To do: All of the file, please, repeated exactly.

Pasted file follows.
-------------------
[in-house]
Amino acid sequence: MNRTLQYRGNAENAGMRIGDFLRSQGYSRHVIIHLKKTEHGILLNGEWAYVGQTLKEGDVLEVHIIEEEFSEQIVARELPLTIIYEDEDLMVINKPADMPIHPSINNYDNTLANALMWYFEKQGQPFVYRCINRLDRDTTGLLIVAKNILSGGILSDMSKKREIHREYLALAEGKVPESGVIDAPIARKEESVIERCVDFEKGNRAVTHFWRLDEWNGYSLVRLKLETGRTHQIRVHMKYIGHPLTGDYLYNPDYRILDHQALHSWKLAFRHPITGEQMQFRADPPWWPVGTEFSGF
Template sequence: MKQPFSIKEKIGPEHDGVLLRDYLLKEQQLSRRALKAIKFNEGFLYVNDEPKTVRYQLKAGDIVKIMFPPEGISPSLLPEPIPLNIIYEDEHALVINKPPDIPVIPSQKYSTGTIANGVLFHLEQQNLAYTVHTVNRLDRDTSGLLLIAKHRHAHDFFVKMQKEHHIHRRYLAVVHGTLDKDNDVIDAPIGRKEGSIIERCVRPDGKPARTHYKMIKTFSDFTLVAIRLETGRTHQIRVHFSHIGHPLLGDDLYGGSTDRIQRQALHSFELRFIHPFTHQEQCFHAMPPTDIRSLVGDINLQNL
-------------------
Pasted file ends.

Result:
[in-house]
Amino acid sequence: MNRTLQYRGNAENAGMRIGDFLRSQGYSRHVIIHLKKTEHGILLNGEWAYVGQTLKEGDVLEVHIIEEEFSEQIVARELPLTIIYEDEDLMVINKPADMPIHPSINNYDNTLANALMWYFEKQGQPFVYRCINRLDRDTTGLLIVAKNILSGGILSDMSKKREIHREYLALAEGKVPESGVIDAPIARKEESVIERCVDFEKGNRAVTHFWRLDEWNGYSLVRLKLETGRTHQIRVHMKYIGHPLTGDYLYNPDYRILDHQALHSWKLAFRHPITGEQMQFRADPPWWPVGTEFSGF
Template sequence: MKQPFSIKEKIGPEHDGVLLRDYLLKEQQLSRRALKAIKFNEGFLYVNDEPKTVRYQLKAGDIVKIMFPPEGISPSLLPEPIPLNIIYEDEHALVINKPPDIPVIPSQKYSTGTIANGVLFHLEQQNLAYTVHTVNRLDRDTSGLLLIAKHRHAHDFFVKMQKEHHIHRRYLAVVHGTLDKDNDVIDAPIGRKEGSIIERCVRPDGKPARTHYKMIKTFSDFTLVAIRLETGRTHQIRVHFSHIGHPLLGDDLYGGSTDRIQRQALHSFELRFIHPFTHQEQCFHAMPPTDIRSLVGDINLQNL